Academies in War, 1914-1925. A cycle of international conferences proposed by the German National Academy of Sciences Leopoldina, the Académie des sciences, and the Royal Society
Ernst Haeckel, a member of the German Academy of Sciences Leopoldina who had already been awarded its gold Cothenius Medal at 30 years of age, was one of the most well-known as well as controversial scientists of the 19th century. Even today, the final appraisal of his scientific and cultural importance remains an open question. The publication of his letters is a long-term project of the Union of German Academies of Sciences and Humanities that is projected to last for 25 years; it will greatly profit from the utilization of what is one of the most comprehensive and important collections of source material pertaining to the history of the life sciences.
Haeckel is more responsible than anyone else outside the UK for propagating and spreading Charles Darwin’s theory of evolution. In addition, during the 1870s and beyond he played a crucial role in shaping the way that modern science was made readily understandable to the population at large. Around 1900 Haeckel became ensnared in the debates over social Darwinism and the establishment of eugenics and was at the forefront of discussions concerning a new aesthetic that could indeed be based on the natural sciences. His proposed natural aesthetic had a direct, immediate and comprehensive affect on the stylistic idiom of Art Nouveau and similarly influenced the newly created image of nature appearing in the literary realm at the turn of the century. This affect, it should be noted, was not limited to the German speaking areas of Europe but also included large parts of Eastern Europe, the Latin countries and non-European areas.
Ernst Haeckel´s extraordinarily comprehensive and broadly diversified correspondence, which until now has only been published in small extracts or partial editions, represents one of the most significant conglomerates of source materials for the history of 19th and early 20th century life sciences. It documents in a very unique way the scientific, cultural and ideological impact of Haeckel´s work. It encompasses commentary on Haeckel´s publications and statements about his research work, while also including material concerning his travels and his network of scientific, cultural, journalistic and political contacts.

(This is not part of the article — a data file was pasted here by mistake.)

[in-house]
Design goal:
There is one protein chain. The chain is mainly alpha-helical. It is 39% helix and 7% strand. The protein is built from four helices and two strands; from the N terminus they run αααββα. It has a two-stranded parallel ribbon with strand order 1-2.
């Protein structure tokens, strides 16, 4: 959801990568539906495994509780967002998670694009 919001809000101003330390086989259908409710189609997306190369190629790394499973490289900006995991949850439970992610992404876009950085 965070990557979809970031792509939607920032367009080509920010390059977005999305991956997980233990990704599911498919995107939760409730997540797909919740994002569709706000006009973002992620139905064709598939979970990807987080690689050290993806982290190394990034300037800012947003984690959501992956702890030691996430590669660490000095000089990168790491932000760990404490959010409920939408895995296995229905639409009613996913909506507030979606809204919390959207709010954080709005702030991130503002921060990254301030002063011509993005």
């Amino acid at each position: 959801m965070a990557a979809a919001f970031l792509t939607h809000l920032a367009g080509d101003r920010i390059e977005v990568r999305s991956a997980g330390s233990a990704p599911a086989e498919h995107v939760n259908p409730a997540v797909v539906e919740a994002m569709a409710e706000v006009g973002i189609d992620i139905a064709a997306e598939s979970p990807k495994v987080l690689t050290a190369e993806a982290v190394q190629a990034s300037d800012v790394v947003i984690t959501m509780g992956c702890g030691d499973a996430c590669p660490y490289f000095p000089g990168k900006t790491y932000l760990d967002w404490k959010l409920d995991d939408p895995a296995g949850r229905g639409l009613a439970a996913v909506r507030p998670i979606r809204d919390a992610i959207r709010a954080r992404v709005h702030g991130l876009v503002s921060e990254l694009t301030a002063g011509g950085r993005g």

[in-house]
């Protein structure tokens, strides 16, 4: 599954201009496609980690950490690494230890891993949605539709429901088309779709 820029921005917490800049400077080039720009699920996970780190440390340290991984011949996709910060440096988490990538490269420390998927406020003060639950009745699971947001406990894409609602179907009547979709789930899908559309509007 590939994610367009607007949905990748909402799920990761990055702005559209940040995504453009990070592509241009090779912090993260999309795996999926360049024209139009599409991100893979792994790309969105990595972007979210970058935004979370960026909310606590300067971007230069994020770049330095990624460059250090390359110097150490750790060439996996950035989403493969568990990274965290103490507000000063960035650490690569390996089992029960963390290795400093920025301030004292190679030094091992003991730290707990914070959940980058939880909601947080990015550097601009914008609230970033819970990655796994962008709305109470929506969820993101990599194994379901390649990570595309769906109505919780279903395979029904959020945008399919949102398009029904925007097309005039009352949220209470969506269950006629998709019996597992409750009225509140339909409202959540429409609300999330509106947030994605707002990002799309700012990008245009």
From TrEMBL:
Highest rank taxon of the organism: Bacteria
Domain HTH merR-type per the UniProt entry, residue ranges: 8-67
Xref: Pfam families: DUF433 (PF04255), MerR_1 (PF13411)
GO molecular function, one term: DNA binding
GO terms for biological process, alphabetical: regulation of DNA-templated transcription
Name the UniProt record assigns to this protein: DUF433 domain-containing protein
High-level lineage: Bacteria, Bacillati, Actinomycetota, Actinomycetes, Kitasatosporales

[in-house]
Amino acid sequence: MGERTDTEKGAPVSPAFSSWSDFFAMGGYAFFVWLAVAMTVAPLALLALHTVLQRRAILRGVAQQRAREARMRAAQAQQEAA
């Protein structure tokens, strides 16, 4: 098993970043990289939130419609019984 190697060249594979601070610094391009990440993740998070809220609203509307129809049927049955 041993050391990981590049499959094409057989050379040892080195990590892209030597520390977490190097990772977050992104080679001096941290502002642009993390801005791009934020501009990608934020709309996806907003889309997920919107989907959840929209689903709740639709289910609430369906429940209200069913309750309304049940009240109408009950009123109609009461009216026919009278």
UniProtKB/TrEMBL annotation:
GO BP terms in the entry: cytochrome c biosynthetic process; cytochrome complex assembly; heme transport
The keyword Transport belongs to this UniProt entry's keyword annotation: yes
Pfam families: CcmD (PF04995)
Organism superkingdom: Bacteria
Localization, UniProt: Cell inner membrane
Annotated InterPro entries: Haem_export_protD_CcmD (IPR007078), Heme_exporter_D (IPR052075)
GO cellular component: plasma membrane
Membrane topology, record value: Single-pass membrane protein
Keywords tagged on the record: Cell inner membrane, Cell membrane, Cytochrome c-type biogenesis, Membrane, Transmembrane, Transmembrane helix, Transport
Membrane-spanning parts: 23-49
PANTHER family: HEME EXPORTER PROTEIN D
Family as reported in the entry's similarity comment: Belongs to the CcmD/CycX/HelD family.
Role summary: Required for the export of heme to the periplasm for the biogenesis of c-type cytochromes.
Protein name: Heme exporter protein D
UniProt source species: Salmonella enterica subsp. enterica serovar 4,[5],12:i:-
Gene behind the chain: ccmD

At the same time, his correspondence provides an insight into Haeckel´s extensive efforts to ideologically embed and popularize Darwin’s theory of evolution and, beyond that, to foster the fundamental thought processes inherent to the natural sciences. His correspondence thus represents one of the most important sources of material dealing with the popularization of the natural sciences around the 1900s.
The publication of the letters written and received by Ernst Haeckel, both in the form of an online presentation of the entire collection and as an edition of 25 themed volumes of selected letters from the Haeckel correspondence, is of central importance to those in the society whose interests include specialized branches of science, popular science or culture. As a result of the project, not only will the extensive inventory collected and housed in the Ernst Haeckel archive be made accessible (mainly the family correspondence as well as letters written to Haeckel), but also letters that were sent to people from around the globe.
The Collected Letters project is supervised by Prof. Dr. Dr. Olaf Breidbach ML † and Dr. Thomas Bach at the Ernst-Haeckel-Haus, Institut für Geschichte der Medizin, Naturwissenschaften und Technik der Universität Jena (Institute for the History of Medicine, Natural Sciences and Technology at the University of Jena).
Project Director, Centre for Science Studies
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Institut für Geschichte der Medizin, Naturwissenschaft und Technik „Ernst-Haeckel-Haus”
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